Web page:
Muscle architecture

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Muscle architecture is the physical arrangement of muscle fibers at the macroscopic level that determines a muscle’s mechanical function. There are several different muscle architecture types including: parallel, pennate and hydrostats. Force production and gearing vary depending on the different geometries of the muscle. Some parameters used in architectural analysis are muscle length (Lm), fiber length (Lf), pennation angle (θ), and physiological cross-sectional area (PCSA).[1]

Architecture types[edit]

Parallel and pennate (also known as pinnate) are two main types of muscle architecture. A third subcategory, muscular hydrostats, can also be considered. Architecture type is determined by the direction in which the muscle fibers are oriented relative to the force-generating axis. The force produced by a given muscle is proportional to the cross-sectional area, or the number of parallel sarcomeres present.[2]

Parallel[edit]

The parallel muscle architecture is found in muscles where the fibers are parallel to the force-generating axis.[1] These muscles are often used for fast or extensive movements and can be measured by the anatomical cross-sectional area (ACSA).[3] Parallel muscles can be further defined into three main categories: strap, fusiform, or fan-shaped.

Strap[edit]

Strap muscles are shaped like a strap or belt and have fibers that run longitudinally to the contraction direction.[4] These muscles have broad attachments compared to other muscle types and can shorten to about 40%-60% of their resting length.[3][4] Strap muscles, such as the laryngeal muscles, have been thought to control the fundamental frequency used in speech production, as well as singing.[5] Another example of this muscle is the longest muscle in the human body, the sartorius.

Fusiform[edit]

Fusiform muscles are wider and cylindrically shaped in the center and taper off at the ends. This overall shape of fusiform muscles is often referred to as a spindle. The line of action in this muscle type runs in a straight line between the attachment points which are often tendons. Due to the shape, the force produced by fusiform muscles is concentrated into a small area.[3] An example of this architecture type is the biceps brachii in humans.

Fan-shaped[edit]

The fibers in fan-shaped muscles converge at one end (typically at a tendon) and spread over a broad area at the other end. Because of this, some consider muscles with this relative shape to be in a separate architecture type known as convergent muscle.[3] Fan-shaped muscles, such as the pectoralis major in humans, have a weaker pull on the attachment site compared to other parallel fibers due to their broad nature. These muscles are considered versatile because of their ability to change the direction of pull depending on how the fibers are contracting.[3]

Typically, fan-shaped muscles experience varying degrees of fiber strain. This is largely due to the different lengths and varying insertion points of the muscle fibers. Studies on ratfish have looked at the strain on fan-shaped muscles that have a twisted tendon. It has been found that strain becomes uniform over the face of a fan-shaped muscle with the presence of a twisted tendon.[6]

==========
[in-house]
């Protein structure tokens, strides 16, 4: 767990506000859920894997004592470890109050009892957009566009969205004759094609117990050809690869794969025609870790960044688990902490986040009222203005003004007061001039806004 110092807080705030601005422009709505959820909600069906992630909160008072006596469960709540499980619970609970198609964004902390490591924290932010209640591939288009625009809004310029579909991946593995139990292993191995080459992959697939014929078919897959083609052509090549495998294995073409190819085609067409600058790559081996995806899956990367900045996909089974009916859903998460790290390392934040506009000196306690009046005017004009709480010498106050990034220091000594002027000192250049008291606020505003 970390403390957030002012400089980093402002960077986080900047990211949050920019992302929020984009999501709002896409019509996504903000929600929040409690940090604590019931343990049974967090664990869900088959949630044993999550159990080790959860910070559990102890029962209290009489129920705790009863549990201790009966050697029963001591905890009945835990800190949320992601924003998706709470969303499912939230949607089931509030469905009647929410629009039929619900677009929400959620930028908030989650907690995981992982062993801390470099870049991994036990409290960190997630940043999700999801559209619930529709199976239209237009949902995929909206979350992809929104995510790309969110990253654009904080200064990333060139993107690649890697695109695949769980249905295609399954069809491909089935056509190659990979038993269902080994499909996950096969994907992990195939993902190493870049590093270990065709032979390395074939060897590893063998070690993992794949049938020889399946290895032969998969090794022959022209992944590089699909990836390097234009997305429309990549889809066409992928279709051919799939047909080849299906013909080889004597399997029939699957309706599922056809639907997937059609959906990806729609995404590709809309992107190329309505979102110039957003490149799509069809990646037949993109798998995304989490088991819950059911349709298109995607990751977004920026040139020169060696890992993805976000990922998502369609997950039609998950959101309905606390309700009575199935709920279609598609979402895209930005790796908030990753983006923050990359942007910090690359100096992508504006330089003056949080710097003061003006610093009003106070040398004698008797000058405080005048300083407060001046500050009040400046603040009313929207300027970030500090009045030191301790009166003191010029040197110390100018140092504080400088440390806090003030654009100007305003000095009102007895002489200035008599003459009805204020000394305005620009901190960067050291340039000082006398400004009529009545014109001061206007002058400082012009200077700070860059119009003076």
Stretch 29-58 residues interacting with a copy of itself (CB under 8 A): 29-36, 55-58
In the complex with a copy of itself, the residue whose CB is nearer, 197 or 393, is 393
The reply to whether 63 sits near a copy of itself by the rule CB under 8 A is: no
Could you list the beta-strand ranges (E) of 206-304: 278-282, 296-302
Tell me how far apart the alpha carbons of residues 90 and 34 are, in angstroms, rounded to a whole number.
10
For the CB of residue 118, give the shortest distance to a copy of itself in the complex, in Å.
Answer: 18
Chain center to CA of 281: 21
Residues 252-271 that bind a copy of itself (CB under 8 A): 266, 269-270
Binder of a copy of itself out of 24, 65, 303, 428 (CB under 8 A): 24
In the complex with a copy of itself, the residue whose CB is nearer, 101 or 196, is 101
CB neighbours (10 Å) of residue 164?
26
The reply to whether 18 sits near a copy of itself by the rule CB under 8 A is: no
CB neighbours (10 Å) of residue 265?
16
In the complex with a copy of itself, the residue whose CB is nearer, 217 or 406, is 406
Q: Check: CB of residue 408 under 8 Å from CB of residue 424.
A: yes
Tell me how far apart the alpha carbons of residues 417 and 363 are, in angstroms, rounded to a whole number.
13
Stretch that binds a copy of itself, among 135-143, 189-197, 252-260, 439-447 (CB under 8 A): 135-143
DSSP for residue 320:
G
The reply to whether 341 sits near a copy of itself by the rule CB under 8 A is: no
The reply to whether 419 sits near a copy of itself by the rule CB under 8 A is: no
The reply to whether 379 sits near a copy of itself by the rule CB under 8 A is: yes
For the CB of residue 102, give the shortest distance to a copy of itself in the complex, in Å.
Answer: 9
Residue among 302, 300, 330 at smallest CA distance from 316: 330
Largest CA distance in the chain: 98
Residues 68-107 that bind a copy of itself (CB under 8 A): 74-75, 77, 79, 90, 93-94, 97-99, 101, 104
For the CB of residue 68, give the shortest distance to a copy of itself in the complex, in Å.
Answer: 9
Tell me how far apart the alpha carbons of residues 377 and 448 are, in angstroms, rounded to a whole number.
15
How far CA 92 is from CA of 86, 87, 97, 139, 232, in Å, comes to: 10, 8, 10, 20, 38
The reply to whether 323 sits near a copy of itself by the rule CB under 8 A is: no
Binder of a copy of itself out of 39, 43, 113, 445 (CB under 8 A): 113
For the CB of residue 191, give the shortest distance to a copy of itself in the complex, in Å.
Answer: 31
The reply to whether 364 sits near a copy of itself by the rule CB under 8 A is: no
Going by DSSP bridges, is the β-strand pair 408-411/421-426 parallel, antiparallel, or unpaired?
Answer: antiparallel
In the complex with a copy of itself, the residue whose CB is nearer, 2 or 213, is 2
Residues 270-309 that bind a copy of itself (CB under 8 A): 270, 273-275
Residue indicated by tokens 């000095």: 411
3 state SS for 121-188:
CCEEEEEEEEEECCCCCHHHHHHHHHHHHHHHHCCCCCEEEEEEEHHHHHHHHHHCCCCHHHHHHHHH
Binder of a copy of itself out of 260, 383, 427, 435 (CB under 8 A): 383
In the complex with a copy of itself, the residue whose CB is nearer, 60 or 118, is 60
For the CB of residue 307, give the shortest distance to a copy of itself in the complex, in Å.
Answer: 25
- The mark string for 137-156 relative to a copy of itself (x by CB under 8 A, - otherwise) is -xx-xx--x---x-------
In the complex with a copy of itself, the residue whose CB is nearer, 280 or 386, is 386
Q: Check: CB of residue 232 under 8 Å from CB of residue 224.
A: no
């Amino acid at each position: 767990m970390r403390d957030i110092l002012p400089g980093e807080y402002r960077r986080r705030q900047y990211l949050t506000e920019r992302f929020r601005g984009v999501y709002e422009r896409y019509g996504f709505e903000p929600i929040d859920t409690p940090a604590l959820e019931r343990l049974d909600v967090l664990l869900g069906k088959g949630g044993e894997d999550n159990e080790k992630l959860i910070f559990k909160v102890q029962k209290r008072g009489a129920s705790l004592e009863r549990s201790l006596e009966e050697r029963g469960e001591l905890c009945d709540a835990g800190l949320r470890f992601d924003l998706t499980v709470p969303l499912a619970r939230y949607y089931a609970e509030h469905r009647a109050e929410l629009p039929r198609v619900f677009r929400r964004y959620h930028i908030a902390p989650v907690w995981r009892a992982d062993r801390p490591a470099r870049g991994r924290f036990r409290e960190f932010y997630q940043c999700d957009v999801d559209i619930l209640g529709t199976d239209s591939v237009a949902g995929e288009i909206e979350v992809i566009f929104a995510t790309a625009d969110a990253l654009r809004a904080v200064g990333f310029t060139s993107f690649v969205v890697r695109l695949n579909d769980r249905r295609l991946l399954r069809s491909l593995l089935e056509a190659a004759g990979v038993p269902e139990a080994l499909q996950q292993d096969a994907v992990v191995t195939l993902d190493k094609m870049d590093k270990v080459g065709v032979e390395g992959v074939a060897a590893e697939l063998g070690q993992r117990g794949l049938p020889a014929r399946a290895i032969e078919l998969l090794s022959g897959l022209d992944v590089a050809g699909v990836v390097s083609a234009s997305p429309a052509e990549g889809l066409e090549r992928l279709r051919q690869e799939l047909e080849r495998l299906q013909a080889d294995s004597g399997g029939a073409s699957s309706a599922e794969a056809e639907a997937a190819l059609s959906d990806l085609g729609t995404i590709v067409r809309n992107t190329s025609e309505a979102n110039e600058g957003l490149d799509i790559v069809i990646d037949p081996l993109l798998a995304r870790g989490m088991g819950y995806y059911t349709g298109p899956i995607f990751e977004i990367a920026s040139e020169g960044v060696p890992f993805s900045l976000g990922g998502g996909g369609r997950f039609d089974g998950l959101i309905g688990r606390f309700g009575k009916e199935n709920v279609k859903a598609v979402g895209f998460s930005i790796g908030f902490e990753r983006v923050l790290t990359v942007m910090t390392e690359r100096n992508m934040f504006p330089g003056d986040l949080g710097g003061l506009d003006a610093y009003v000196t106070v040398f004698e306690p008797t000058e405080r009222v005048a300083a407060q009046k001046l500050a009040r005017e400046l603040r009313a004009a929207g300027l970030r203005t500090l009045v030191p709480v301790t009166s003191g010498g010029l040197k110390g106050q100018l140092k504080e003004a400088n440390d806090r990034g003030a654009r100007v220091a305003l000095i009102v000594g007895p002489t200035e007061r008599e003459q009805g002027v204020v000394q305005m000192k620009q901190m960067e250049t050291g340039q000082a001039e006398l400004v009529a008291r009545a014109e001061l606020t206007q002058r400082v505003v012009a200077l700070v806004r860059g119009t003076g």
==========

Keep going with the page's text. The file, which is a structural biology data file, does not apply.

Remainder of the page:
Pennate[edit]

Unlike in parallel muscles, pennate fibers are at an angle to the force-generating axis (pennation angle) and usually insert into a central tendon.[3][7] Because of this structure, fewer sarcomeres can be found in series, resulting in a shorter fiber length.[2][3] This further allows for more fibers to be present in a given muscle; however, a trade-off exists between the number of fibers present and force transmission.[3][7] The force produced by pennate muscles is greater than the force produced by parallel muscles.[3] Since pennate fibers insert at an angle, the anatomical cross-sectional area cannot be used as in parallel fibered muscles. Instead, the physiological cross-sectional area (PCSA) must be used for pennate muscles. Pennate muscles can be further divided into uni-, bi- or multipennate.

Fiber angle of a pennate muscle.

Unipennate[edit]

Unipennate muscles are those where the muscle fibers are oriented at one fiber angle to the force-generating axis and are all on the same side of a tendon.[1] The pennation angle in unipennate muscles has been measured at a variety of resting length and typically varies from 0° to 30°.[1] The lateral gastrocnemius of wild turkeys is an example of this muscle architecture.

Bipennate[edit]

Muscles that have fibers on two sides of a tendon are considered bipennate.[1] The stapedius in the middle ear of humans, as well as the rectus femoris of the quadriceps are examples of bipennate muscles.

Multipennate[edit]

The third type of pennate subgroup is known as the multipennate architecture. These muscles, such as the deltoid muscle in the shoulder of humans, have fibers that are oriented at multiple angles along the force-generating axis.[1]

Hydrostats[edit]

Muscular hydrostats function independently of a hardened skeletal system. Muscular hydrostats are typically supported by a membrane of connective tissue which holds the volume constant. Retaining a constant volume enables the fibers to stabilize the muscle’s structure that would otherwise require skeletal support.[8] Muscle fibers change the shape of the muscle by contracting along three general lines of action relative to the long axis: parallel, perpendicular and helical. These contractions can apply or resist compressive forces to the overall structure.[9] A balance of synchronized, compressive and resistive forces along the three lines of action, enable the muscle to move in diverse and complex ways.[9]

Contraction of helical fibers causes elongation and shortening of the hydrostat. Unilateral contraction of these muscles can cause a bending movement. Helical fibers can oriented into either left or right-handed arrangements. Contraction of orthogonal fibers causes torsion or twisting of the hydrostat.

Force generation[edit]

Muscle architecture directly influences force production via muscle volume, fiber length, fiber type and pennation angle.

Muscle volume is determined by the cross-sectional area. Anatomical cross-sectional area is

where

  • stands for volume
  • stands for length

In muscles, a more accurate measurement of CSA is physiological CSA (PCSA) which takes into account fiber angle.

where

  • stands for muscle mass
  • stands for the fiber angle
  • stands for fiber length
  • stands for muscle density

PCSA relates the force produced by the muscle to the summation of the forces produced along the force generating axis of each muscle fiber and is largely determined by the pennation angle.[3][7]